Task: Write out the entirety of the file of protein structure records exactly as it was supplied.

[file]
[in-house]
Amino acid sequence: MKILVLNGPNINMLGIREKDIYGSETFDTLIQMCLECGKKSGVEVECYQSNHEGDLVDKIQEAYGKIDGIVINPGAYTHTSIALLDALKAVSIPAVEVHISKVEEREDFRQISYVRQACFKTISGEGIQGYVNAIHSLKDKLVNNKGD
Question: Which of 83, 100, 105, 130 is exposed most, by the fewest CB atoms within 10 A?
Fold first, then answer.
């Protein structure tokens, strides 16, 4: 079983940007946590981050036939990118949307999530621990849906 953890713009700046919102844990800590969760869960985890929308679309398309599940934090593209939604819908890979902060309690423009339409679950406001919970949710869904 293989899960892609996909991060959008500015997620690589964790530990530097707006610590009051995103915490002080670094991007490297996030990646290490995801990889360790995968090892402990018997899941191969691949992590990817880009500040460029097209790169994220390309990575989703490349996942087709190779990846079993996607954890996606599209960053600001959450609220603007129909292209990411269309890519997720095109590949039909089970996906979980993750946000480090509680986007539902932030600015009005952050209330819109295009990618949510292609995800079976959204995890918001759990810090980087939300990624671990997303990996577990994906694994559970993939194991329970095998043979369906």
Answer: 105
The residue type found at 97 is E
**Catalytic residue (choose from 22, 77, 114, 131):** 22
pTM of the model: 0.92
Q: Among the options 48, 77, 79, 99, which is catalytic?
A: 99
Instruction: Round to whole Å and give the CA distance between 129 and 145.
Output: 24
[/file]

[in-house]
Amino acid sequence: MKILVLNGPNINMLGIREKDIYGSETFDTLIQMCLECGKKSGVEVECYQSNHEGDLVDKIQEAYGKIDGIVINPGAYTHTSIALLDALKAVSIPAVEVHISKVEEREDFRQISYVRQACFKTISGEGIQGYVNAIHSLKDKLVNNKGD
Question: Which of 83, 100, 105, 130 is exposed most, by the fewest CB atoms within 10 A?
Fold first, then answer.
């Protein structure tokens, strides 16, 4: 079983940007946590981050036939990118949307999530621990849906 953890713009700046919102844990800590969760869960985890929308679309398309599940934090593209939604819908890979902060309690423009339409679950406001919970949710869904 293989899960892609996909991060959008500015997620690589964790530990530097707006610590009051995103915490002080670094991007490297996030990646290490995801990889360790995968090892402990018997899941191969691949992590990817880009500040460029097209790169994220390309990575989703490349996942087709190779990846079993996607954890996606599209960053600001959450609220603007129909292209990411269309890519997720095109590949039909089970996906979980993750946000480090509680986007539902932030600015009005952050209330819109295009990618949510292609995800079976959204995890918001759990810090980087939300990624671990997303990996577990994906694994559970993939194991329970095998043979369906």
Answer: 105
The residue type found at 97 is E
**Catalytic residue (choose from 22, 77, 114, 131):** 22
pTM of the model: 0.92
Q: Among the options 48, 77, 79, 99, which is catalytic?
A: 99
Instruction: Round to whole Å and give the CA distance between 129 and 145.
Output: 24